5 India: February 20115 Blowing Agent Attributes Phase out of ozone depleting substances: ODS Global warming potential: climate change impact reduction Ground level smog formation: limited contribution Low order of toxicity – safety in manufacturing use and finished products Non-flammable – safety in manufacturing use Insulation performance / energy efficiency: low lambda or k-factor Processing and equipment implications –Liquids: appliance (refrigerators); commercial refrigeration; spray foam; insulating panels –Gases: extruded polystyrene (thermoplastics); special applications Compatible with formulations and processing equipment materials –Low conversion cost: equipment investment and reformulation Economic valuation in use – translates into finished product economics Commercially available on a global basis Attributes support governments and industrys preferences

6 India: February 20116 What is HFC 245fa?

7 India: February 20117 HBA-2: Liquid Low GWP Blowing Agent Fluorochemical Liquid blowing agent Molecular weight: less than HFC-245fa Environmental Properties Low global warming potential: GWP 100 = 7 Non-flammable: ASTM E-681 Volatile Organic Compound: very low MIR Toxicity Screening Preliminary stages: Results are very promising Assessments completed: –Cardiac Sensitization –Genetic Testing: Ames Assay & Mouse Micronucleus –Acute Inhalation (Rat) –Inhalation: 2 & 4 week –Unscheduled DNA Synthesis Honeywell HBA-2 Blowing Agent promising low GWP molecule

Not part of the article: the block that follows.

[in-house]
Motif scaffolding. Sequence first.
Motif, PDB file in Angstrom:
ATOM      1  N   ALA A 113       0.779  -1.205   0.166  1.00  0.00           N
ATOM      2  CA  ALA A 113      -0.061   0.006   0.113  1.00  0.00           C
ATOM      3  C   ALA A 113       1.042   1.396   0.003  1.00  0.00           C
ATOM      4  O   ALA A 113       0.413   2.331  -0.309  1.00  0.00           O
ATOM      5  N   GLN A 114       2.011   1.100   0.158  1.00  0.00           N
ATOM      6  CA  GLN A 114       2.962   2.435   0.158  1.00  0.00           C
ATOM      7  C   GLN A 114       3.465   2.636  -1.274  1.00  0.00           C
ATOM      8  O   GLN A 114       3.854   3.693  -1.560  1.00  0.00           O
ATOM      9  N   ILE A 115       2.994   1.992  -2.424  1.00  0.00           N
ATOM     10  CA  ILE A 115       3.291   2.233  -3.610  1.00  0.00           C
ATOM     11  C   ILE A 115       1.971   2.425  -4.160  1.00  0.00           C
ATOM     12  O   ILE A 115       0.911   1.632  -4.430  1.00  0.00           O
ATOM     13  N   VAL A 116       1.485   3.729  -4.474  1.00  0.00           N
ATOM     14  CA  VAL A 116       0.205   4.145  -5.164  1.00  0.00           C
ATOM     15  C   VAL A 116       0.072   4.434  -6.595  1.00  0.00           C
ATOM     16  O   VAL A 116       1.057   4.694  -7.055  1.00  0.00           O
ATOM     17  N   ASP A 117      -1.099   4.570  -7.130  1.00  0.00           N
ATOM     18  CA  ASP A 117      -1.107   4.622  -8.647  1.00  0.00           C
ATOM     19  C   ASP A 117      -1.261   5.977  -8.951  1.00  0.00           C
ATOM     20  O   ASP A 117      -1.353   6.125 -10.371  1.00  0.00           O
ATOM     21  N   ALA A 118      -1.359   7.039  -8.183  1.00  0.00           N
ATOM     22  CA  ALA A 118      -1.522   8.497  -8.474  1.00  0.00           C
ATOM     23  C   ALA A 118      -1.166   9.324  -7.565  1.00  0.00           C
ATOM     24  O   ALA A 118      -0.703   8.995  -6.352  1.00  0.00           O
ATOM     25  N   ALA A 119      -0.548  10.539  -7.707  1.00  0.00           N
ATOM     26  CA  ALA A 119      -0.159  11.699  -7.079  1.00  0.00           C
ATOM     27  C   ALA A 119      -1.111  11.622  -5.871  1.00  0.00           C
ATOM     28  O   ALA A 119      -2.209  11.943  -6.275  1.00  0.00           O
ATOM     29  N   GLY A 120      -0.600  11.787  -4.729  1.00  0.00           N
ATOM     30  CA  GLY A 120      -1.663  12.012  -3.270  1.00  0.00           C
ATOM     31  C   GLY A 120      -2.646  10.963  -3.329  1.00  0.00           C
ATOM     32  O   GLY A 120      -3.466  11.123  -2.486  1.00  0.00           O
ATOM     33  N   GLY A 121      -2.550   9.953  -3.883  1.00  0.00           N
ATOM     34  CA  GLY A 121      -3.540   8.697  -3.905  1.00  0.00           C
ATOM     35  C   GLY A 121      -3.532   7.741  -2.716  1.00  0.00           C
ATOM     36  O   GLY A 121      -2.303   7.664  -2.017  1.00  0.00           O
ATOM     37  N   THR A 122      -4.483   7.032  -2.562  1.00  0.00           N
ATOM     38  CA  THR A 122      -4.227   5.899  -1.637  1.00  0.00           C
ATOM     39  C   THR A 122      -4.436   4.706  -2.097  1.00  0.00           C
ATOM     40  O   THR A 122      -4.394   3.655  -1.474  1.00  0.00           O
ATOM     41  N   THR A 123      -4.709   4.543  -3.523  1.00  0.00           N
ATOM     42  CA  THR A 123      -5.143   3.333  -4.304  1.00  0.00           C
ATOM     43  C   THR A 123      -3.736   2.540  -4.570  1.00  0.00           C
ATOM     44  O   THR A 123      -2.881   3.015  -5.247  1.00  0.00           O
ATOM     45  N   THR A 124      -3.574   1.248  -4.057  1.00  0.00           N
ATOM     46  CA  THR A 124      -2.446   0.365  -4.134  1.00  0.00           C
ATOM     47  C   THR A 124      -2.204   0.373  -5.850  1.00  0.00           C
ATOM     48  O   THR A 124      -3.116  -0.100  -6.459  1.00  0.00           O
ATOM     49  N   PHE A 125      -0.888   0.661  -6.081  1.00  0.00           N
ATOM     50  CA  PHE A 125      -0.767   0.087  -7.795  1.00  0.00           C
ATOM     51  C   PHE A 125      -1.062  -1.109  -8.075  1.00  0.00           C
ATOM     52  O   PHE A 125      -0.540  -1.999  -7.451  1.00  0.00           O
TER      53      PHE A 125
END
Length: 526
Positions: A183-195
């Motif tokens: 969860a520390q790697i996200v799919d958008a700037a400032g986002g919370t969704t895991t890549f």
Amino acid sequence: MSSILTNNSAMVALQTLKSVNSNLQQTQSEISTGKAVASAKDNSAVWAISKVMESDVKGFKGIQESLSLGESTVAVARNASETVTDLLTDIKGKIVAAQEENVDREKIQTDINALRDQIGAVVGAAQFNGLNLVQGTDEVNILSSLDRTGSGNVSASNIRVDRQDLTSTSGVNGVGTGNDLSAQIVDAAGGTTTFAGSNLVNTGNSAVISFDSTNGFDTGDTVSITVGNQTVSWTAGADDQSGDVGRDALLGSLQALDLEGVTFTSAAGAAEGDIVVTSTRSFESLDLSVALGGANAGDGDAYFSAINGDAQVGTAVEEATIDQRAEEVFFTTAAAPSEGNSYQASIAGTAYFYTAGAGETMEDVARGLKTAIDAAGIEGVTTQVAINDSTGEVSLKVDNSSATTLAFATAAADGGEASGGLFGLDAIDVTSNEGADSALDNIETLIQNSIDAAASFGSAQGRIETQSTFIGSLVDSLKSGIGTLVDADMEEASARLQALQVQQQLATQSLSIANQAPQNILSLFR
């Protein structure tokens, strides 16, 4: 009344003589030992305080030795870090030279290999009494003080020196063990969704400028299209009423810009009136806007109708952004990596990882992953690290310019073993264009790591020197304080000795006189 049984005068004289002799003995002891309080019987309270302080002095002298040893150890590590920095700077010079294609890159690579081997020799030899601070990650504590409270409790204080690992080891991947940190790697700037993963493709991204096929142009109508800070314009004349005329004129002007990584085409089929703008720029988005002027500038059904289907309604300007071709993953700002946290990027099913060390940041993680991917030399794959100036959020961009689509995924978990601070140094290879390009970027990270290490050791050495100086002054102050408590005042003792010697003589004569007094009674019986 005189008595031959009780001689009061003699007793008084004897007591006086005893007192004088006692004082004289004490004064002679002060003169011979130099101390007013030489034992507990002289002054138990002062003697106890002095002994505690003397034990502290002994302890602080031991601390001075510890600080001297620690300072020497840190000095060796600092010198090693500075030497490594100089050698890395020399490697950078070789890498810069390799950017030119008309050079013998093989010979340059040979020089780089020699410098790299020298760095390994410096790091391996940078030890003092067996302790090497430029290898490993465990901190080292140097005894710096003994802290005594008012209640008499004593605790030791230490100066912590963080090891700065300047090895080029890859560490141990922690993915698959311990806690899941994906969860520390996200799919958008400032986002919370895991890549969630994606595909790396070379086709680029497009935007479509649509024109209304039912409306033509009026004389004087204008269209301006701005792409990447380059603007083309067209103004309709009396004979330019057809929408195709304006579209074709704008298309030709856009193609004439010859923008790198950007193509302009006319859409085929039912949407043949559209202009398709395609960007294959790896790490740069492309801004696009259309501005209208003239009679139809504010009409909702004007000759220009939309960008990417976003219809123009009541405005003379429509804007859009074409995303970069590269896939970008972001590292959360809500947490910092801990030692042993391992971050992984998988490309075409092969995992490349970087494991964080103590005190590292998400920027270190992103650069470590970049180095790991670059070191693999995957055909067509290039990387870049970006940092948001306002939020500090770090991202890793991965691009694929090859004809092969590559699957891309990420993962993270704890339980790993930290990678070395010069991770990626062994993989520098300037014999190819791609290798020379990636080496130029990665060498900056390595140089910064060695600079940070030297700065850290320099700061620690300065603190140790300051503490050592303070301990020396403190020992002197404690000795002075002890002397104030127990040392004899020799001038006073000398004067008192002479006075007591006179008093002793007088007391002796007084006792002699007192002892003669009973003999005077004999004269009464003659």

8 India: February 20118 HFC-245fa & HBA-2 Insulation Applications Household refrigerators (appliances) Commercial refrigeration –food preservation Building construction (residential and commercial) –Sprayed foams –Roofing and sheathing (board stock) –Panels (faced panels, sandwich panels)

9 India: February 20119 HFO-1234ze(E) Blowing Agent Hydrofluoroolefin (HFO) trans – 1,3,3,3 – tetrafluoropropene CHF = CHCF 3 Molecular Weight: 114 Gas: T BP = -19 °C (- 3 °F) Environmental Properties Zero ozone depletion potential (ODP) Low global warming potential: GWP 100 = 6 Non-flammable: U.S. Department of Transportation –Non-flammable Compressed Gas –No flame limits by ASTM E681 –Non-flammable: EU Test Method A11 Volatile Organic Compound Measure –Maximum Incremental Reactivity MIR HFO-1234zeE < MIR Ethane Non-ODS / Low GWP / Non-Flammable / Low POCP = Environmentally Sustainable Molecule =

10 India: February 201110 HFO-1234ze(E) Insulation Applications Extruded thermoplastics foams –Extruded polystyrene One component foams –Sealing around doors and windows –Repairing damage –Adhesives Two component pressurized foams